The trademark is registrable only if it has acquired distinctive character throughout the European Union
A trademark must have distinctive character in order to be registered.
This requirement can also be acquired later because of the use made of the trademark but the conditions for this to happen are rather strict as taught by the Court of Justice of the European Union in its judgment of 6 September 2018 in case C-547/17 P dismissed the appeal brought by a company in Turin that was rejected the trademark for lack of distinctive capacity.
The company had, in fact, submitted to EUIPO (European Union Office for Intellectual Property) an application for registration of the following figurative mark
for products in Classes 18, 25 and 26, but the examiner rejected that trademark application as lacking in distinctiveness.
The Board of Appeal, contacted by the applicant company to challenge the findings of the examiner, confirmed the decision that not only was the mark devoid of any “intrinsic” distinctive character (formerly Article 7(1)(b) of Regulation No 207/2009), but the applicant company also failed to prove that the mark had acquired such distinctive character through usage.
The Turin company really demonstrated the acquisition of the distinctive capacity of the figurative mark in as many as four Member States of the European Union whose total population constituted about 40% of the population of the EU and this should have been, in his opinion, enough to demonstrate a distinctive character acquired through use in a significant part of the EU and therefore allow the registration of the mark.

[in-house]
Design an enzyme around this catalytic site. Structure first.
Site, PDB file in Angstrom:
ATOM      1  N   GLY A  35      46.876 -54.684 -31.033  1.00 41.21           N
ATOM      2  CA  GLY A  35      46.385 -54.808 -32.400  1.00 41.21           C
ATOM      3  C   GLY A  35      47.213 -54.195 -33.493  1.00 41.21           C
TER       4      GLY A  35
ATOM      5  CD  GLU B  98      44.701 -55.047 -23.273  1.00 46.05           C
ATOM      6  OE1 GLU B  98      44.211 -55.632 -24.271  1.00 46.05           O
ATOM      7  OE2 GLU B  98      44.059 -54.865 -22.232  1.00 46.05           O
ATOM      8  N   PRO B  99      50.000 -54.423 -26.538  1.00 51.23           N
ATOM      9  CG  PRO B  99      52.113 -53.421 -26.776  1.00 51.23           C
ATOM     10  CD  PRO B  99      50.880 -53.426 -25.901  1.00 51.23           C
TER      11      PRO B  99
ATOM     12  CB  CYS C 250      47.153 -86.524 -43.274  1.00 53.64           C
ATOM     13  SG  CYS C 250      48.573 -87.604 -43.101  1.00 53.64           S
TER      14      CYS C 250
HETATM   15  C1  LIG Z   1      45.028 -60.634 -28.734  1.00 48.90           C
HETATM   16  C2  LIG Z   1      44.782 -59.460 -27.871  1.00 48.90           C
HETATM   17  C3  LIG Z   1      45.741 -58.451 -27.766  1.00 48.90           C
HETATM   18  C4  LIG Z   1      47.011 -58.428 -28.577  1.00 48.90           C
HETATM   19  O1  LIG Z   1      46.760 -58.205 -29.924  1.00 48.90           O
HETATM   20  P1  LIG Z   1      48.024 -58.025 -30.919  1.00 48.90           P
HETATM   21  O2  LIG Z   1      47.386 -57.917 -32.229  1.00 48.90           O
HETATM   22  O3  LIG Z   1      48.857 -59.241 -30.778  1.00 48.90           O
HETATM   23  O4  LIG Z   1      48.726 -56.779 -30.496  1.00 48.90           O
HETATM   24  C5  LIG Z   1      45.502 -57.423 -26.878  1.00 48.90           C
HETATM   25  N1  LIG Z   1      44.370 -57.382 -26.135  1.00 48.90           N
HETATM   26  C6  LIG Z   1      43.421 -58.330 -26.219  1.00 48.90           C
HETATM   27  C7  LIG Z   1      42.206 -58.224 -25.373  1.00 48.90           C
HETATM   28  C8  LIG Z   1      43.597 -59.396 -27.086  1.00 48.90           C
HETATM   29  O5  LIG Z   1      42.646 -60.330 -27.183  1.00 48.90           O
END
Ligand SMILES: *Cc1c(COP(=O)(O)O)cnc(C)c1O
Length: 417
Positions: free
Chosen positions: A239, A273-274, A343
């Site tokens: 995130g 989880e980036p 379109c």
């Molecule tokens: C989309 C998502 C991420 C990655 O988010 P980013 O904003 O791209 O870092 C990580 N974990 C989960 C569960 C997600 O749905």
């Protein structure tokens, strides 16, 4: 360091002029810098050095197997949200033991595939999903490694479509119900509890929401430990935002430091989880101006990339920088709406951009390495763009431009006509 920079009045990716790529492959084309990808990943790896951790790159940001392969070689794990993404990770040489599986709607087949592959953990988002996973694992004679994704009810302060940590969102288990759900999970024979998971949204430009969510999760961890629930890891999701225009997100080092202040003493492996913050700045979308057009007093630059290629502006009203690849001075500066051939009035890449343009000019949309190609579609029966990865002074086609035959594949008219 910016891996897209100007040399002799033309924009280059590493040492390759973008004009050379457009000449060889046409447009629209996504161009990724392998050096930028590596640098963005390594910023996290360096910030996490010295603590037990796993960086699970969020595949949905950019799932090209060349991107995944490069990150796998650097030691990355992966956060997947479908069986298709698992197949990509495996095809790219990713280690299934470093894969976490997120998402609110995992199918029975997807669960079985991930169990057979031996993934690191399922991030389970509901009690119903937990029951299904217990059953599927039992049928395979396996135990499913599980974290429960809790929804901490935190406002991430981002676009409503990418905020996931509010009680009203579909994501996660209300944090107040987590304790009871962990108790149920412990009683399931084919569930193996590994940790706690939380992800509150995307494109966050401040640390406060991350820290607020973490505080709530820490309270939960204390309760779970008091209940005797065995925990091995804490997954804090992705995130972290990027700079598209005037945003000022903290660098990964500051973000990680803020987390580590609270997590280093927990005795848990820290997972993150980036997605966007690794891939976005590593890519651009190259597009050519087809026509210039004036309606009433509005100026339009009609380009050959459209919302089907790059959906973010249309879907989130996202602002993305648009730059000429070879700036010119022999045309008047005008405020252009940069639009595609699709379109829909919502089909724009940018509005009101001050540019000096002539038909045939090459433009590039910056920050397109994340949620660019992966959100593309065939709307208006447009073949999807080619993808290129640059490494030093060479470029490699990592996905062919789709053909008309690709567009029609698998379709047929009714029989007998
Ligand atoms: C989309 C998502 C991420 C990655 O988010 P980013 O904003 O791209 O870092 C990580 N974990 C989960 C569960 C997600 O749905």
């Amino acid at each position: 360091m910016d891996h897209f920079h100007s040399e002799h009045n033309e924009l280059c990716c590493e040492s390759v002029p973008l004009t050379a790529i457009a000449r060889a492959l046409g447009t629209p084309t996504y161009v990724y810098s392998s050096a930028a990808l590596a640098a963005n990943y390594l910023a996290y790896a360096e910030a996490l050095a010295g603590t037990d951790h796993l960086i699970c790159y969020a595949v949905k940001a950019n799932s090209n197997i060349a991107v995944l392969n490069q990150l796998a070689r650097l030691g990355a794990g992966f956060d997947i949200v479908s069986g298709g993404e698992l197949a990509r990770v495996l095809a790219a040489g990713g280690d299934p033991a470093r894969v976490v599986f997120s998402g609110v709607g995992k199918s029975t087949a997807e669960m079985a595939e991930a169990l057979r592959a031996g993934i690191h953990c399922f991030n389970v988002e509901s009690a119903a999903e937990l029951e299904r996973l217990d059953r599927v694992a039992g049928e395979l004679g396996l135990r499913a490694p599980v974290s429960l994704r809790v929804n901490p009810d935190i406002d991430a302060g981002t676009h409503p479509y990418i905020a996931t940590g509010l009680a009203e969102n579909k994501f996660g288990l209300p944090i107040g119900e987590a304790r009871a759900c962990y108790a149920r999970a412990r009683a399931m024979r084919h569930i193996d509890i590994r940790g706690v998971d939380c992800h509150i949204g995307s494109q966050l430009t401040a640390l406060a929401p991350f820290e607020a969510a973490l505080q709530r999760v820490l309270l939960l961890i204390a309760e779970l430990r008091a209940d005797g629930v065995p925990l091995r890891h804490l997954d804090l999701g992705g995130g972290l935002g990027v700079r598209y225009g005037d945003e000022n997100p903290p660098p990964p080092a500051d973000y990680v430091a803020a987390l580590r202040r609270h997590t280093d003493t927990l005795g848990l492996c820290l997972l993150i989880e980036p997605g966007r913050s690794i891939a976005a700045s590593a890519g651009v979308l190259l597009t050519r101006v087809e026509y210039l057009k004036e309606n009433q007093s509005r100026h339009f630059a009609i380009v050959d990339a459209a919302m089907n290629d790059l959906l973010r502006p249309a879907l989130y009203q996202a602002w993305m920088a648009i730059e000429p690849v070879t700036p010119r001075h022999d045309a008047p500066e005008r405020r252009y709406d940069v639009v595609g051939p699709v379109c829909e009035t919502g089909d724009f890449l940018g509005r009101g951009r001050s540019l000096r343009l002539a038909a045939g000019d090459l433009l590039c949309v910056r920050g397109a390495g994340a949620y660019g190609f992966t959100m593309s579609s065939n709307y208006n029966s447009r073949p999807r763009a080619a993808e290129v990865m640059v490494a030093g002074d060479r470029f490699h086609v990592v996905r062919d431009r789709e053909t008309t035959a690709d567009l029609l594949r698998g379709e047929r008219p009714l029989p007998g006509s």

On the other hand, the Court of Justice in order to confirm the judgment pronounced by the Court was of a different opinion and ruled that
Although it is not necessary, for the purposes of registering, on the basis of Article 7(3) of Regulation No 207/2009, a mark that is, ab initio, devoid of distinctive character throughout all the Member States of the European Union, that evidence be submitted, in respect of each individual Member State, of the acquisition by that mark of distinctive character through use, the evidence submitted must be capable of establishing such acquisition throughout the Member States of the European Union. (Judgment of 25 July 2018, Société des produits Nestlé and Others v. Mondelez UK Holding & Services, C 84/17 P, C 85/17 P and C 95/17 P, EU:C:2018:596, paragraph 83).
And more, it’s written in the sentence:
(…) with regard to a mark that is, ab initio, devoid of distinctive character across all Member States, such a mark can be registered pursuant to that provision only if it is proved that it has acquired distinctive character through use throughout the territory of the European Union (Judgment of 25 July 2018, Société des produits Nestlé and Others v. Mondelez UK Holding & Services, C 84/17 P, C 85/17 P and C 95/17 P, EU:C:2018:596, paragraph 76, and the case law cited therein).
Therefore, having acquired distinctiveness only in part of the Union is not enough to be able to obtain the mark because the usage must concern all Member States and not only part of them.